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Espresso of Innovation: Supermarket Sweep

By Martin Talks, president, digital, Draftfcb UK

Hello and welcome to this week's Espresso of Innovation; the hottest news and strongest stories from the world of creativity and technology filtered into a quick shot of inspiration. This week, we’re going wild in the aisles.

Bricks and motor retail business is under huge pressure and technology sometimes seems to be its enemy. But in fact technology could be offline retail’s saviour. A challenge is to know what technology to invest in when it everything changes so fast. In such circumstances, it is a great help to root oneself in the way consumers make decisions and consider how technology can best be used to persuade them. There are three key principles of persuasive decision interfaces and in each case digital technology can give the offline retailer an edge:
Immediacy - We are all programmed to respond to immediate information. This goes back to our cavepeople days when a rustle in the bushes could be something you could eat or something that might eat you, so immediate information on rewards are highly motivating. As soon as shoppers come in through the door, retailers can start rewarding them with theShopkick app. There is even technology that not only knows you're in a store but where you are in that store. This is very helpful if you're anything like me and can never find those vital pickled onions in a supermarket. It can also act as a powerful recommendation tool andreward you with relevant deals. A similar function whichmaps your fastest route round the store and analyses nutritional information has been integrated into Google Glass and recently Hellman’s in Brazil usedNFC enabled trolleys to suggest recipes and boosted their sales by 68%.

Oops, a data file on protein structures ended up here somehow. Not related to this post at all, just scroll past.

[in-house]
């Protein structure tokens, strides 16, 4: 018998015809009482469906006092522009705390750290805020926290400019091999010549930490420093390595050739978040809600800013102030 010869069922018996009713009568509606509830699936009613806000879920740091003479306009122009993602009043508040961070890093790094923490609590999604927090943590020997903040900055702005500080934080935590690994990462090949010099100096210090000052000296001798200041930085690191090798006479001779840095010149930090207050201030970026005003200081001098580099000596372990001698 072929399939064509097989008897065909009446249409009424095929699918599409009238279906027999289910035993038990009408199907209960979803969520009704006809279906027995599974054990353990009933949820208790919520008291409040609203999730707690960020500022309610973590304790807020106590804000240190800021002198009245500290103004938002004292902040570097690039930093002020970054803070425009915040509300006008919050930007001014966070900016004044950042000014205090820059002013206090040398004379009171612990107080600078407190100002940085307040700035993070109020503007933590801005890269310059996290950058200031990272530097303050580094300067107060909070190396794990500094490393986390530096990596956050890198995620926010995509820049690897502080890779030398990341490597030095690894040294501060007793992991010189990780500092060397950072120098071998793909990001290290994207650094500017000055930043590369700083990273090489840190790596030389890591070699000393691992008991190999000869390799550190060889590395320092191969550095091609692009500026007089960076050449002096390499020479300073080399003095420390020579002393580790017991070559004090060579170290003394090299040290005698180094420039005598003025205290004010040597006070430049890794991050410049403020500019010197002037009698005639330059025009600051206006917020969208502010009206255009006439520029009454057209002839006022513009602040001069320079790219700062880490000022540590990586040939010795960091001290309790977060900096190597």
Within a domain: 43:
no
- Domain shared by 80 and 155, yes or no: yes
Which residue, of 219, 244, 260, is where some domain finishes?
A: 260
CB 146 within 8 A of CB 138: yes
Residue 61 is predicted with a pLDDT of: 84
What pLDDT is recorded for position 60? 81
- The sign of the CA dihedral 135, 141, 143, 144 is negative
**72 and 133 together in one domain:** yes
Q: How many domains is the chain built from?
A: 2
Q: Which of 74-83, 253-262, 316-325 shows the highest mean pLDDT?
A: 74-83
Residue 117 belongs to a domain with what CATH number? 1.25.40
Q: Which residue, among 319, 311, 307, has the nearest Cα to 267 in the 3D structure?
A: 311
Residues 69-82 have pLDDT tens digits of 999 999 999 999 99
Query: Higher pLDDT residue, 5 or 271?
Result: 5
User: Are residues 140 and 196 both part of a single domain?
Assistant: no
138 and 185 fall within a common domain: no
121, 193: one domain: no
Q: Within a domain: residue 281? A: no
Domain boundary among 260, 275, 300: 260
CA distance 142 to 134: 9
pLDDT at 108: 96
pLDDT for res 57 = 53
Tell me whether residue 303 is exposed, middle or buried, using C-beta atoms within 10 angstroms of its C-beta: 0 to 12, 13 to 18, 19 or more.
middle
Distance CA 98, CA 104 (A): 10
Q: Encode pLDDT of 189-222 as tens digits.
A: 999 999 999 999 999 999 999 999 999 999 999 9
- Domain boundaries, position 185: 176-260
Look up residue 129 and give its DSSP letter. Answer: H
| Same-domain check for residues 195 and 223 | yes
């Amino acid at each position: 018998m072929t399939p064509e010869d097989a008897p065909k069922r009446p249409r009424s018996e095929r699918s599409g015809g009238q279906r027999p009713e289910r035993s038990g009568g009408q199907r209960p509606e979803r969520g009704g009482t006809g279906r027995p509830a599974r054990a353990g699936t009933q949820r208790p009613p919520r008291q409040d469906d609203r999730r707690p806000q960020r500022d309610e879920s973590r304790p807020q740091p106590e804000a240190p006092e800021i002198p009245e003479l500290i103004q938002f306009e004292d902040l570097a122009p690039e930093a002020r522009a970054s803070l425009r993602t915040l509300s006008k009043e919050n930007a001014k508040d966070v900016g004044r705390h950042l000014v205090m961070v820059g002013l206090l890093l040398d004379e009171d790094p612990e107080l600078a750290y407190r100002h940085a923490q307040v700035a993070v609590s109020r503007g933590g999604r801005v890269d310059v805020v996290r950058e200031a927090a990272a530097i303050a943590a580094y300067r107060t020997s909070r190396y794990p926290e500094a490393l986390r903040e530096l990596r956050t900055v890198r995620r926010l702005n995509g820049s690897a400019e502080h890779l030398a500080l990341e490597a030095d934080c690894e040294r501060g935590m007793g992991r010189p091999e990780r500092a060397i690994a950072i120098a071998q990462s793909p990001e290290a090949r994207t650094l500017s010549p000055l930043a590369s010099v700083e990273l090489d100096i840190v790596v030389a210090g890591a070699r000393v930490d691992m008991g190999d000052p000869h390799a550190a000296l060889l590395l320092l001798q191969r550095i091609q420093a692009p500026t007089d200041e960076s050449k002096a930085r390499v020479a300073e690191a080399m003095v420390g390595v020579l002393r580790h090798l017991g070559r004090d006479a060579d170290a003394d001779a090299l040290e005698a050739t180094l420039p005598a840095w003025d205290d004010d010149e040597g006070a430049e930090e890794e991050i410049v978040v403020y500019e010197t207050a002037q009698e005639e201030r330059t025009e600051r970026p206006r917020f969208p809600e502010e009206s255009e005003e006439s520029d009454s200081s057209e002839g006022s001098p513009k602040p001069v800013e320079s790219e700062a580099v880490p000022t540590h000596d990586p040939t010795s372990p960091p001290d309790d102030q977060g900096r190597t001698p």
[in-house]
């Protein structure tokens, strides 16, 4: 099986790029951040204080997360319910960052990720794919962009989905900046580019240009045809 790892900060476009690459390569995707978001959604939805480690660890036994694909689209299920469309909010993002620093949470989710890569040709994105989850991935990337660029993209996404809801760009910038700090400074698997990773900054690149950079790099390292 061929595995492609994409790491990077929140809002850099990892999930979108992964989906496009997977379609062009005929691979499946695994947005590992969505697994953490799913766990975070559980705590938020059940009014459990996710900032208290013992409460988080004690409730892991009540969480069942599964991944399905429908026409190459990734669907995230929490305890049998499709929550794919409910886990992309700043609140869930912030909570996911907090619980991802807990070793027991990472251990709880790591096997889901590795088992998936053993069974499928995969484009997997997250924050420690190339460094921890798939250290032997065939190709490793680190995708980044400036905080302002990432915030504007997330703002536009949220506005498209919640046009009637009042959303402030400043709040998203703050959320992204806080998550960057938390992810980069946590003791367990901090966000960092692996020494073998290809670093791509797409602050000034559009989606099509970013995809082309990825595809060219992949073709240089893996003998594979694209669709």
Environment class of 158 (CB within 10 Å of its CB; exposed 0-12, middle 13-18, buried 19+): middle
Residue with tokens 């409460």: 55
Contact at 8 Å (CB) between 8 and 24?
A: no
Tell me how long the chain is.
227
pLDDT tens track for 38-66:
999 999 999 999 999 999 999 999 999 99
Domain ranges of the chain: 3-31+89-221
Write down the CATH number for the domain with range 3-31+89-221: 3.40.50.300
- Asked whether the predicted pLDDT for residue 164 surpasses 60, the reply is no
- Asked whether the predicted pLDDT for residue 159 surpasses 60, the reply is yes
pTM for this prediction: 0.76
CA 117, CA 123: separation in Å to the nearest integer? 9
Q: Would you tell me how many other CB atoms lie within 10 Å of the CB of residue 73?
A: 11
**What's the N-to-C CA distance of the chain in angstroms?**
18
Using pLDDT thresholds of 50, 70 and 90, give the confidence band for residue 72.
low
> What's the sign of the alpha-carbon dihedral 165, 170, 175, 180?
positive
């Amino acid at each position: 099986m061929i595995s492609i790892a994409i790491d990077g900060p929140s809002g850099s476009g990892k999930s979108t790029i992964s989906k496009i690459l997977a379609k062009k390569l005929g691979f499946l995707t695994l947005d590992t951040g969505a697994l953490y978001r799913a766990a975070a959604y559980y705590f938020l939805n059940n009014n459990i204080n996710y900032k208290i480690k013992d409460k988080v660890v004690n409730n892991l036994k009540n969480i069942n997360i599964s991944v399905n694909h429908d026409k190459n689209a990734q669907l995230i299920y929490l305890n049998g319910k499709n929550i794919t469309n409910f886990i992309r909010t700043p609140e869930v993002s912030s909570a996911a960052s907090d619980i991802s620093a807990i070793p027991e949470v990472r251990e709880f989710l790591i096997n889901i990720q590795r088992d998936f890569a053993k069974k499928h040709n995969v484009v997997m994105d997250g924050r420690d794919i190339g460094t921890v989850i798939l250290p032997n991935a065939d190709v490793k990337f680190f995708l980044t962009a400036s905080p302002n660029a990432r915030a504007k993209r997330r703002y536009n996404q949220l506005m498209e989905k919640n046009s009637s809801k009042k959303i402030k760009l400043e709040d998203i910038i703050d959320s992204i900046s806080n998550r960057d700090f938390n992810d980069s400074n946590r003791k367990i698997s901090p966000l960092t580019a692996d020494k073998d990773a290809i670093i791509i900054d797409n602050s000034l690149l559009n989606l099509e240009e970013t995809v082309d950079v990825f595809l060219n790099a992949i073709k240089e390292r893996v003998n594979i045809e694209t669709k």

Certainty - For much of human existence, survival has been precarious. If there is a shopping opportunity we are immediately inclined to grab it. That’s why there are so many price comparison schemes being run by supermarkets. Currently they mostly offer money off the next shop, but we don't want “next shop” deals; we want the certainty of now. Step forwardreal-time pricing within physical stores andDynamite Data who pipe competitive pricing information into a POS system to allow staff to negotiate prices.

Tangibility - In this world of "hi-tech", "hi-touch" is vitally important. If you can get consumers to experience products in a tangible way, then that can be highly persuasive. Technology can enhance what is possible even in a physical store. Retailers themselves can be helped by finding out what products consumers are touching, whether they buy them or not, usingsensor technology.
It is clear that in the age of Big Data, no one should ignore the potential of personalising and curating the customer journey. Consumers are not only walking around with a myriad of connected devices, but can also generate data throughthermal and retinal tracking. TheMinority Report scenario may not be so far off. To ensure offline retailers make the most of these opportunities, they should apply the principles of persuasive decision interfaces.